In fact, of course, the daffodils in the garden were ‘beginning to peer’ a month ago, but the ones in the photo are a far more local species.
From looking around the web, I think I’ve identified them as narcissus pallidulus.
What isn’t clear from the photo is just how tiny they are.
The fact that they are as pale as their name suggests, and that the petals tend to curl right back rather than standing out, star-like, around the ‘trumpet’ – which is probably no bigger than a single lily-of-the-valley bell – means it’s quite easy to miss them altogether, although they are now about in their thousands in the pine woods along the river bank.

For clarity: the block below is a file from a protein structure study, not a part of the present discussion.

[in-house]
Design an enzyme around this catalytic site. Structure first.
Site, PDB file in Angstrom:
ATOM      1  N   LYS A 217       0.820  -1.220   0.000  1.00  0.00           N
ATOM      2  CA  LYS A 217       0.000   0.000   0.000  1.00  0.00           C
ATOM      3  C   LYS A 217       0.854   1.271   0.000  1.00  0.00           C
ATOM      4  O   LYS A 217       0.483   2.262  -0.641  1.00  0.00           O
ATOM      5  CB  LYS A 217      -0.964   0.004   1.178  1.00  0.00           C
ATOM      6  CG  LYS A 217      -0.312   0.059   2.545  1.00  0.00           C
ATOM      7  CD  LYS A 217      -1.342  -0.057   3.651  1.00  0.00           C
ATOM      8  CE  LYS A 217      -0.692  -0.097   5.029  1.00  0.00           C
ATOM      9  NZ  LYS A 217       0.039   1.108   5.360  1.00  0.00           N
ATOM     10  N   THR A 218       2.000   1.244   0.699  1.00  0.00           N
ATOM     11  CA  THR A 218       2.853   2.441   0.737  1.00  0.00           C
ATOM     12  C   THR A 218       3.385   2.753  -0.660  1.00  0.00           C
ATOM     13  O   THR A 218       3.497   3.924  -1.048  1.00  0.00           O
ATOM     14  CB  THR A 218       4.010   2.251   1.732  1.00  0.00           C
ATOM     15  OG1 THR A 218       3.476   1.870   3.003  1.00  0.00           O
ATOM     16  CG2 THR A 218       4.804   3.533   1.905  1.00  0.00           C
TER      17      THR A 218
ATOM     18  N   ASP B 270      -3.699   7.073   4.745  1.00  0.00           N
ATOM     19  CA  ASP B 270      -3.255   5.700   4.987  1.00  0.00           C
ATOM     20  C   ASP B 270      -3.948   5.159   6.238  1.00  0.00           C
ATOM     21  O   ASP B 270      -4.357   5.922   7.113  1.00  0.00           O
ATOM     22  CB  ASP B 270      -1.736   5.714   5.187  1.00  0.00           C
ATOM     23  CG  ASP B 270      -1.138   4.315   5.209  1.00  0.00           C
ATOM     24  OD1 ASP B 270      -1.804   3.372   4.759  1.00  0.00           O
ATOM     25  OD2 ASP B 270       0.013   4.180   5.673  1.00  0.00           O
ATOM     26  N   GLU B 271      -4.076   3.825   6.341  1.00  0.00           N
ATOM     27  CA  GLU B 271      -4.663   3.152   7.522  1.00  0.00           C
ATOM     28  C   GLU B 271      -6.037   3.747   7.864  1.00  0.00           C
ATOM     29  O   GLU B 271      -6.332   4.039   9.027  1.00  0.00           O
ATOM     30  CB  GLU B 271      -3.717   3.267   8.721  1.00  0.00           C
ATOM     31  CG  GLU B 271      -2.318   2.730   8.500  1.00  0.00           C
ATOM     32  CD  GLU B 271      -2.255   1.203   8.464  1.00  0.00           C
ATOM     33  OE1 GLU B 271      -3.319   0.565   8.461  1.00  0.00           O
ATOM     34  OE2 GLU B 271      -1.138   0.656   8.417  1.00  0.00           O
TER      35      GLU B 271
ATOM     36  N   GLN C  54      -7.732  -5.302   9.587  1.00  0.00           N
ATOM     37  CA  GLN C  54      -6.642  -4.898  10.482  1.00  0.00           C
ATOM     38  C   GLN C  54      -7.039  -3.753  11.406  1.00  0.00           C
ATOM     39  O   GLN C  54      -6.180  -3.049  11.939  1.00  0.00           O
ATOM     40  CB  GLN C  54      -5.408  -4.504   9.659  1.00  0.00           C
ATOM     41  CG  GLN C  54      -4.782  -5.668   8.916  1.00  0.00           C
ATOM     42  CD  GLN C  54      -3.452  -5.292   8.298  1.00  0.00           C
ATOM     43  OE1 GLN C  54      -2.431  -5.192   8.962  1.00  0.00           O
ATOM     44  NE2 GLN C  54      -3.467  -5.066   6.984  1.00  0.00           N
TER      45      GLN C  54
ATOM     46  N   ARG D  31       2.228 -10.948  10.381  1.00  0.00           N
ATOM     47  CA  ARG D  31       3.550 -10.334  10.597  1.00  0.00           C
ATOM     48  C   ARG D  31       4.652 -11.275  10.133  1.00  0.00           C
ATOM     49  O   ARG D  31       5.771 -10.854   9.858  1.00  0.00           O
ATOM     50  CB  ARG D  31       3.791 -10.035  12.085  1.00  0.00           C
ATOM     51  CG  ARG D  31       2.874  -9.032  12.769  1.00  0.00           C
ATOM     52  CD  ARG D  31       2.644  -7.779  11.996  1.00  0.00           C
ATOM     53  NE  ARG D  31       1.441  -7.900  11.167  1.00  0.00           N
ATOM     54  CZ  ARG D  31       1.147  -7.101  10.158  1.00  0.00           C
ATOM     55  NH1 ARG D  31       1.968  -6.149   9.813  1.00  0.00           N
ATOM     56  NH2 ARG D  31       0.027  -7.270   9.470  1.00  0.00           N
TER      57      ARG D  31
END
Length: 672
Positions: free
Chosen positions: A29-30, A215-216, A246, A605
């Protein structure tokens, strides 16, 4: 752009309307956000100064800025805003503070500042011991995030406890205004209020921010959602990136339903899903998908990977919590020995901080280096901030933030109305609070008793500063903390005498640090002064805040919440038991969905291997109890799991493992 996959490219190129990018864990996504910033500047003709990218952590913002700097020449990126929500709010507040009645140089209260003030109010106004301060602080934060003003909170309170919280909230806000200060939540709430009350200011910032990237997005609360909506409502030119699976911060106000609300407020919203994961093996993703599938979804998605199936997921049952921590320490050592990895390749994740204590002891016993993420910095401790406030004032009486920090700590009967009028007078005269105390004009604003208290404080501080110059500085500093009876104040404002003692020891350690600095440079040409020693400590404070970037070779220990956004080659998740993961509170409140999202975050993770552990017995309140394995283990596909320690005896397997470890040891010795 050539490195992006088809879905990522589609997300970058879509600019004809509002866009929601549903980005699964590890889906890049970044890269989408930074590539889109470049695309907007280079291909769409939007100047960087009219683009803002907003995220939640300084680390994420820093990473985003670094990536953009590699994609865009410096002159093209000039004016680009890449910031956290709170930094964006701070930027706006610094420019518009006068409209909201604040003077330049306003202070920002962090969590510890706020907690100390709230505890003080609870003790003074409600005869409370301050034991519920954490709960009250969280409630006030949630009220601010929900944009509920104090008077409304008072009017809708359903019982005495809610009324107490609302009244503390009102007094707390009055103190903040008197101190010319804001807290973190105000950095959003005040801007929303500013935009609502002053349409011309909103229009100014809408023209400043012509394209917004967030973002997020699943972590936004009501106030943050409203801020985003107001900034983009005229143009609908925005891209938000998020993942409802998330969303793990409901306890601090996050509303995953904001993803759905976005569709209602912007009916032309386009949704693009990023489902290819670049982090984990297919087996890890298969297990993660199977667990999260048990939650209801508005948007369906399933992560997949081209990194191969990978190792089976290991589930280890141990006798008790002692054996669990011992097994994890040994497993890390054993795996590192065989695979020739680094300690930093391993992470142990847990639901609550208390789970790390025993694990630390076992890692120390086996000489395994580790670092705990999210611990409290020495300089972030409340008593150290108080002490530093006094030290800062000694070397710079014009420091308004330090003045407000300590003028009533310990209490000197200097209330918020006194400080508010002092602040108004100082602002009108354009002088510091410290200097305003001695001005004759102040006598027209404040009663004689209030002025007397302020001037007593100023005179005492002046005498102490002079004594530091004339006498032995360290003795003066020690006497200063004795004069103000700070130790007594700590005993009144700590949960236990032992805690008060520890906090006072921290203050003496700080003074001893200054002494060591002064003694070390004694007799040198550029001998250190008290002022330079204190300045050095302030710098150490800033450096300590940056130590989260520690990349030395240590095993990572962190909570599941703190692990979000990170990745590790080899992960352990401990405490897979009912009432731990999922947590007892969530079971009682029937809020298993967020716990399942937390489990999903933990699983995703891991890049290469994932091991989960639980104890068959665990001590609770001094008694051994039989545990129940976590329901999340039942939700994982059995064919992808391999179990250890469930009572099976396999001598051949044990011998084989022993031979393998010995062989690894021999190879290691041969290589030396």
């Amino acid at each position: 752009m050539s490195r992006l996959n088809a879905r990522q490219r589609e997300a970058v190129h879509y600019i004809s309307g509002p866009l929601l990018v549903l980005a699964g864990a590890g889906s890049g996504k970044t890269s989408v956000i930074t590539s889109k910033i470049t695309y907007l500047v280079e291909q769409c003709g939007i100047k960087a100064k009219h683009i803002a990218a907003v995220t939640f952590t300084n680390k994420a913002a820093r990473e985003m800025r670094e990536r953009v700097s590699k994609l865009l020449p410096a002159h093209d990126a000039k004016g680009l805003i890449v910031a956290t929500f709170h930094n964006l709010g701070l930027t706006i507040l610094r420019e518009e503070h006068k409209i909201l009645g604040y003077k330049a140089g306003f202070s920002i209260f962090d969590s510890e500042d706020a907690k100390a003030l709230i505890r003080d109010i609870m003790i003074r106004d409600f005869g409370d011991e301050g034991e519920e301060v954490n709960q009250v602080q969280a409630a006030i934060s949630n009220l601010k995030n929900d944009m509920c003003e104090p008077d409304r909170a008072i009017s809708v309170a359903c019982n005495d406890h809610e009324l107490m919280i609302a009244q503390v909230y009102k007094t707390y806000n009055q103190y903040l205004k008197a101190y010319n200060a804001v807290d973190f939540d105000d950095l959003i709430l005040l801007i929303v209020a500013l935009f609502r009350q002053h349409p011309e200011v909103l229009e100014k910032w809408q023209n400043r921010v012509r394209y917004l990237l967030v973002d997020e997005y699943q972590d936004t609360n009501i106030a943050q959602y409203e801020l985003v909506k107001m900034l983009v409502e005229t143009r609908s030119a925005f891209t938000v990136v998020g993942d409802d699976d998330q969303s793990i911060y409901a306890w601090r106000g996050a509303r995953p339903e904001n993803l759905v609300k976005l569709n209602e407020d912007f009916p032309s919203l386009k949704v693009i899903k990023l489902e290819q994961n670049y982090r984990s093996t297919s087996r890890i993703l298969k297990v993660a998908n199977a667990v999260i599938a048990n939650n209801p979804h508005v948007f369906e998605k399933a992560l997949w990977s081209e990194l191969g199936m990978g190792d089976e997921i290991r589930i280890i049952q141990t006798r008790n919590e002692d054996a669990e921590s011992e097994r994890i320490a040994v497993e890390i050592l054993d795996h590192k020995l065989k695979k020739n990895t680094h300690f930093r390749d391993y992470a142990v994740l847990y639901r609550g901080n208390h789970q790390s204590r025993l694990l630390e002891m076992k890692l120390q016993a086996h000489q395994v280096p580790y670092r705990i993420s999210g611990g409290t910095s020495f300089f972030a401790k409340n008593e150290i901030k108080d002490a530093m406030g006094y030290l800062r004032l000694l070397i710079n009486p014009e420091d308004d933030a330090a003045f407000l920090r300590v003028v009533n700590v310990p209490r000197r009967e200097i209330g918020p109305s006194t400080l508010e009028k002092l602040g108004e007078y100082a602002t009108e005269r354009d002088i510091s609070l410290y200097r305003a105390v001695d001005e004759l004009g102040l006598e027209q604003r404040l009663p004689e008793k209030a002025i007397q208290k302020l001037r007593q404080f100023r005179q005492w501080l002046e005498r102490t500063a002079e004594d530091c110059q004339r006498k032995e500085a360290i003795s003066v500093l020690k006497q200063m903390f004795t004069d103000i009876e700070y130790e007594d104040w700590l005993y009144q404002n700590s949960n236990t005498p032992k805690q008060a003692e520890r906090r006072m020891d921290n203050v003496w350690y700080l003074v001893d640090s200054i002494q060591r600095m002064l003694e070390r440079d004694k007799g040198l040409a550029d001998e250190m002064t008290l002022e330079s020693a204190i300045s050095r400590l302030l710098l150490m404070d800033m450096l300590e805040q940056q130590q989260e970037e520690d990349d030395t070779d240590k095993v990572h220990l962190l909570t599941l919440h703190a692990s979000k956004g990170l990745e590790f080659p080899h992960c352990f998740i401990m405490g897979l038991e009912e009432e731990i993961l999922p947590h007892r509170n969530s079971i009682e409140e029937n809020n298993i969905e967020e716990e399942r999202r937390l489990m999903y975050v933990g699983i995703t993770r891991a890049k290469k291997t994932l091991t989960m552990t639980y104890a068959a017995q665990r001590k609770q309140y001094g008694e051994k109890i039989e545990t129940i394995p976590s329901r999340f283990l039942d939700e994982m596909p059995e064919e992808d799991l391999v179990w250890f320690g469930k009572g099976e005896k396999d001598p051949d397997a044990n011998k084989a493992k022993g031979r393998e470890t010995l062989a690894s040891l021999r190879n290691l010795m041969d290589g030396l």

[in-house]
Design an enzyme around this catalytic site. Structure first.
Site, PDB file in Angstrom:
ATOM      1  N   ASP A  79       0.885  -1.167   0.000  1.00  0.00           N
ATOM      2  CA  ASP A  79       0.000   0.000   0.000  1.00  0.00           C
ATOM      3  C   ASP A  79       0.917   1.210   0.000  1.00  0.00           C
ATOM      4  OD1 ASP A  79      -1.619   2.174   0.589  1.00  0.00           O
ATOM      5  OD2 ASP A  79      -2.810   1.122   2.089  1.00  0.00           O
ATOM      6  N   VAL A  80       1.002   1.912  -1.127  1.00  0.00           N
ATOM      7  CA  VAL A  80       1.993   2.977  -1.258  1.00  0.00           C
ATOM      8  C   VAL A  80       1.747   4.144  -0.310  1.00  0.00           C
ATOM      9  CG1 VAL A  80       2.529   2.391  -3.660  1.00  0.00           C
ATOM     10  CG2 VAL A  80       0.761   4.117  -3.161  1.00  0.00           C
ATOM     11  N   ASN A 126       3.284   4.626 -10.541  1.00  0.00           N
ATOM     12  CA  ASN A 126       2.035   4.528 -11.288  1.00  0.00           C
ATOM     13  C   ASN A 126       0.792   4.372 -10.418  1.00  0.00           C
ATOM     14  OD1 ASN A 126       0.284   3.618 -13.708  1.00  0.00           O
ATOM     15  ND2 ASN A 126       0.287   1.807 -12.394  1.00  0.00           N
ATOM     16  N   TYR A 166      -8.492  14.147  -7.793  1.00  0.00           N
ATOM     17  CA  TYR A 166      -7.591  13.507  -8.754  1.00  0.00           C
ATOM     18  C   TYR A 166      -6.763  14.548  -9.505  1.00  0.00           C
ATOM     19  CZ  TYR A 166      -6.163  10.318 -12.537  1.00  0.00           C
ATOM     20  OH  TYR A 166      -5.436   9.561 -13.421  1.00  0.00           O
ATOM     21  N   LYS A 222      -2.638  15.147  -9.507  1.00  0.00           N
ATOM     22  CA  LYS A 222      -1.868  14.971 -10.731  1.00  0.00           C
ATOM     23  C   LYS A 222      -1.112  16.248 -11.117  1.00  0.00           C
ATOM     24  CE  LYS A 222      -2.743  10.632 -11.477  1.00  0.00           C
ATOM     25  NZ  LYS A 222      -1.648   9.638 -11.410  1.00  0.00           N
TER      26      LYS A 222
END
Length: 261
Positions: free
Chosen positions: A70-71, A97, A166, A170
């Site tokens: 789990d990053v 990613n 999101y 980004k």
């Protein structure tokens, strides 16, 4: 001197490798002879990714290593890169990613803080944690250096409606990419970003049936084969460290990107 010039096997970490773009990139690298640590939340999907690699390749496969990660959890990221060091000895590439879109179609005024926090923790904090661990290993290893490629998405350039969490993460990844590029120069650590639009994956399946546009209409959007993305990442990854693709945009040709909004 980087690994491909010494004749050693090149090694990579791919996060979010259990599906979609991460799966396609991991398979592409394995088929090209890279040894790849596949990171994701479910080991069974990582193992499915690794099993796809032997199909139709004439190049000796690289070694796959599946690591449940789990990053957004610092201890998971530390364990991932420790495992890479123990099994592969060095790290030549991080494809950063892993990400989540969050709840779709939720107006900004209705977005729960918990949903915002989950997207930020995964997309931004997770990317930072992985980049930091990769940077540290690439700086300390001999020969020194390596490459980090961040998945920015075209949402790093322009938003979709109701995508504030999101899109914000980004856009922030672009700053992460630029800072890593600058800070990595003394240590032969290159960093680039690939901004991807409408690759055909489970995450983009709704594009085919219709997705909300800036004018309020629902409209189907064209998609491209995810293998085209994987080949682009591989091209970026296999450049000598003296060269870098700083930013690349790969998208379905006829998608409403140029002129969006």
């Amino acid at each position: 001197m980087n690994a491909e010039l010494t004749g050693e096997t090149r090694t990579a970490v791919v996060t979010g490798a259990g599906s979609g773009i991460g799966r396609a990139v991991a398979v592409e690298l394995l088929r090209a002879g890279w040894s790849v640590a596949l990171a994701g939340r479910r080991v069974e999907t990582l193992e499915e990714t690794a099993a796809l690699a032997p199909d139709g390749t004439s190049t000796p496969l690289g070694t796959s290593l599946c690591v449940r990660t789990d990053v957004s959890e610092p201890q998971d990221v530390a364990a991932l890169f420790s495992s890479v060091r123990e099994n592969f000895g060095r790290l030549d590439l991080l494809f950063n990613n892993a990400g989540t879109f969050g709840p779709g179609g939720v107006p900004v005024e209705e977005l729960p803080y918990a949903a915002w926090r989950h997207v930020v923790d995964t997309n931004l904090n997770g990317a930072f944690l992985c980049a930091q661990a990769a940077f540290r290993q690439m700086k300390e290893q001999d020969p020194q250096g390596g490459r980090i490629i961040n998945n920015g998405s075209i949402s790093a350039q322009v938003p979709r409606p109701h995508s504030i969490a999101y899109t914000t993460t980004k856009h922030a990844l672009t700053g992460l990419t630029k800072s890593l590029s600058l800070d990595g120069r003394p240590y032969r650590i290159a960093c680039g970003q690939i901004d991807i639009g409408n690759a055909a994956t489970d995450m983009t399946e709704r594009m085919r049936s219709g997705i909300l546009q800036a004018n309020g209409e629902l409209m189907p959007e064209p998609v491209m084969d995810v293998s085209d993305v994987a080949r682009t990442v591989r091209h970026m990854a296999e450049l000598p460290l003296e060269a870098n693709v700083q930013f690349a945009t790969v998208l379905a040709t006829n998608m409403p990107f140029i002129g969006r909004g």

For the last week, the skies have been almost solid grey and the drizzle has only been interrupted by intermittend torrential rain and the occasional thunder storm. This has all come while the plum trees have been in full bloom, so I imagine we may not get much fruit this year as there have been few insects around to pollinate. Continue reading “pruning, ploughing and punning”
The cats are twitterpated: lords and ladies
of misrule, they squeal like St Martin’s pigs
in their carnal carnival. Birds’ nests burgeon
in the hedges and, on the early apricot,
a choir of ruby buds swells, ready to burst
into scented song.